Kuy alterities: The struggle to conceptualise and claim Indigenous land rights in neoliberal Cambodia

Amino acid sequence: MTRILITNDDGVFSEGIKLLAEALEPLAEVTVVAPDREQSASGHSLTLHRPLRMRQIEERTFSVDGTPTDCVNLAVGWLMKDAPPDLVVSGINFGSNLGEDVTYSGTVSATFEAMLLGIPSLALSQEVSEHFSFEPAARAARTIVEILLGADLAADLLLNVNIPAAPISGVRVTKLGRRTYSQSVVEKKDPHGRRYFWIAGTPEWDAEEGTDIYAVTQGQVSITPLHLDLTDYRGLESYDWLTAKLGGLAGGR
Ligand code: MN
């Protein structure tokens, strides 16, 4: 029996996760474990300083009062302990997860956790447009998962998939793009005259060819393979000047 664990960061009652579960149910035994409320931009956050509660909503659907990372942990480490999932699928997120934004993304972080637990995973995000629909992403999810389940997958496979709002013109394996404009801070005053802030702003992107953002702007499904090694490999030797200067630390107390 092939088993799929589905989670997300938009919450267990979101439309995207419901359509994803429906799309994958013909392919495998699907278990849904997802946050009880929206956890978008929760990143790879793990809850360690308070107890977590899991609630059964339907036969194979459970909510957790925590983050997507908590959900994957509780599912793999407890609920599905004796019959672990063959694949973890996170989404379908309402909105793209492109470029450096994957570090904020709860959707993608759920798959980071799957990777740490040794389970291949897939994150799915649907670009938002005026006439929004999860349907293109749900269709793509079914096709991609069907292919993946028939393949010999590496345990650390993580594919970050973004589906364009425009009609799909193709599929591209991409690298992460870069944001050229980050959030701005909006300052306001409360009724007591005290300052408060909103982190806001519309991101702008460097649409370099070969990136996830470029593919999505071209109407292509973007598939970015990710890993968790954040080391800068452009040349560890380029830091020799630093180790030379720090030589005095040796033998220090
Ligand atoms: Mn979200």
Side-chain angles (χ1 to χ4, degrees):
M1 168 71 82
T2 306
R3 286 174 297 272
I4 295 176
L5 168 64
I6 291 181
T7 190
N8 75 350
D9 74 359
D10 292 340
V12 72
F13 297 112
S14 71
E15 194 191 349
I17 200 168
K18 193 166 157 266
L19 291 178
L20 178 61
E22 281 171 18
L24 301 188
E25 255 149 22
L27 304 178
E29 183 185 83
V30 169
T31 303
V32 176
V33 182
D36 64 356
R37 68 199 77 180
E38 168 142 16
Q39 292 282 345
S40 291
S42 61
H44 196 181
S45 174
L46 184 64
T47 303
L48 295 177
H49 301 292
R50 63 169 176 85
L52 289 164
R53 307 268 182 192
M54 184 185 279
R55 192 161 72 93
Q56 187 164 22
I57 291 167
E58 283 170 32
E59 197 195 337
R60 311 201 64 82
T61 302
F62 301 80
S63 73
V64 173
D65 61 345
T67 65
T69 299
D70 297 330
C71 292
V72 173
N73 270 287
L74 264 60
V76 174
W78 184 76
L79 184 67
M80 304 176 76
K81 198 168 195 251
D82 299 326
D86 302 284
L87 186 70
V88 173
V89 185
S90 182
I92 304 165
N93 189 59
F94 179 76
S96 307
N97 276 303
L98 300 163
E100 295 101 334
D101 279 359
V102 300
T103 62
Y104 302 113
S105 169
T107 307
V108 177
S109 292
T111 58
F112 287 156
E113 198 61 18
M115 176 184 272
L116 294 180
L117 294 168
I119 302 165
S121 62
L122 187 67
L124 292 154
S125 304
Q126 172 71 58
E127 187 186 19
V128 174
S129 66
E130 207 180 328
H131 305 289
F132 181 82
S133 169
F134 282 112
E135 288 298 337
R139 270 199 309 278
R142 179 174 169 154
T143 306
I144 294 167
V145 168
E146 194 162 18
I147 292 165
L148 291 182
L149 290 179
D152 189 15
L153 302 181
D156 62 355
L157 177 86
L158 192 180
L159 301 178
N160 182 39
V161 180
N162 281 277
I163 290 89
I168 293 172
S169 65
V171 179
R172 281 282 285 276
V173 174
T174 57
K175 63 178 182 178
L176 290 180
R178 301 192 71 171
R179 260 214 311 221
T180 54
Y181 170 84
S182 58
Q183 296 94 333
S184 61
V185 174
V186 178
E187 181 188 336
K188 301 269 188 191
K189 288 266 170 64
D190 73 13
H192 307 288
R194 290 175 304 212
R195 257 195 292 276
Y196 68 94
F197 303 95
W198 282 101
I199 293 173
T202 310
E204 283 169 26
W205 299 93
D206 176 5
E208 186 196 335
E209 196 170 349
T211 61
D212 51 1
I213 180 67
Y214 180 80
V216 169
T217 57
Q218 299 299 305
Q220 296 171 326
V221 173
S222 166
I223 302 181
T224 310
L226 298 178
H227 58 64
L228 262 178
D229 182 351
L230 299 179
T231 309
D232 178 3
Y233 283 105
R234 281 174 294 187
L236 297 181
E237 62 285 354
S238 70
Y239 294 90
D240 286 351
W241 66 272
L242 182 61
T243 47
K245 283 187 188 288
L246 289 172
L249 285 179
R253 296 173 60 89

Based primarily on fieldwork with Kuy peoples in Rovieng District, Preah Vihear Province, this article examines contemporary Indigeneity in Cambodia as an emergent heterogeneous and polythetic identity vis-à-vis the changing nature of the state, and suggests that a more substantive political engagement with Indigenous identity and history offers a pluricultural reframing of the world heritage of Cambodia and a possible source of alternative land regimes that are more sustainable and equitable than the current dominant neoliberal model of land concessions. Although the 2001 Cambodian National Land Law holds critical significance for Indigenous Peoples in pursuit of communal land rights, it has largely failed to protect rights because of (i) persistent discrimination against groups now claiming Indigenous identities, embedded in state procedures of Indigenous identity and land registration; and (ii) the state's demonstrated embrace of land concession regimes as the preferred strategy of economic development. The Delcom mining concession of Kuy lands provides one example of the destructive impacts of this strategy. An examination of the evidence of Kuy peoples' history suggests that their classification as ethnic minorities is of recent origins, and that in the past they played more active roles in Cambodian state-building projects.